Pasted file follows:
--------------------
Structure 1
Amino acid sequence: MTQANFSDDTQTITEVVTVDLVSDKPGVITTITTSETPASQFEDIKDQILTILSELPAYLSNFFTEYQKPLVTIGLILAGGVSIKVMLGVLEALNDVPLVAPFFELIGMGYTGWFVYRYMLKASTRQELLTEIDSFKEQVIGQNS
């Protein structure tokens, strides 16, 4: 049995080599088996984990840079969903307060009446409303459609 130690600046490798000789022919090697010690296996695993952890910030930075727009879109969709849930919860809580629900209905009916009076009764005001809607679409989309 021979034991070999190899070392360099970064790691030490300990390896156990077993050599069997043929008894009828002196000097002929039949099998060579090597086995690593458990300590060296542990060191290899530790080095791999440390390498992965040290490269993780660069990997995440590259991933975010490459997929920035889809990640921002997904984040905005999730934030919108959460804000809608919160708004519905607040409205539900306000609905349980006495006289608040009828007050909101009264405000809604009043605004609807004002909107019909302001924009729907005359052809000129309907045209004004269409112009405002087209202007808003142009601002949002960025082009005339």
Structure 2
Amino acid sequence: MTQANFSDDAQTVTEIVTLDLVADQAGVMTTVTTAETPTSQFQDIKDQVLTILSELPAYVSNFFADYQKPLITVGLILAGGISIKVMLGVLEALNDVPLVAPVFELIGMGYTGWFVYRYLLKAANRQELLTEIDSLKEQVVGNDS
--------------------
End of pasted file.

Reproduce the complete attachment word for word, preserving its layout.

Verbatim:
Structure 1
Amino acid sequence: MTQANFSDDTQTITEVVTVDLVSDKPGVITTITTSETPASQFEDIKDQILTILSELPAYLSNFFTEYQKPLVTIGLILAGGVSIKVMLGVLEALNDVPLVAPFFELIGMGYTGWFVYRYMLKASTRQELLTEIDSFKEQVIGQNS
């Protein structure tokens, strides 16, 4: 049995080599088996984990840079969903307060009446409303459609 130690600046490798000789022919090697010690296996695993952890910030930075727009879109969709849930919860809580629900209905009916009076009764005001809607679409989309 021979034991070999190899070392360099970064790691030490300990390896156990077993050599069997043929008894009828002196000097002929039949099998060579090597086995690593458990300590060296542990060191290899530790080095791999440390390498992965040290490269993780660069990997995440590259991933975010490459997929920035889809990640921002997904984040905005999730934030919108959460804000809608919160708004519905607040409205539900306000609905349980006495006289608040009828007050909101009264405000809604009043605004609807004002909107019909302001924009729907005359052809000129309907045209004004269409112009405002087209202007808003142009601002949002960025082009005339």
Structure 2
Amino acid sequence: MTQANFSDDAQTVTEIVTLDLVADQAGVMTTVTTAETPTSQFQDIKDQVLTILSELPAYVSNFFADYQKPLITVGLILAGGISIKVMLGVLEALNDVPLVAPVFELIGMGYTGWFVYRYLLKAANRQELLTEIDSLKEQVVGNDS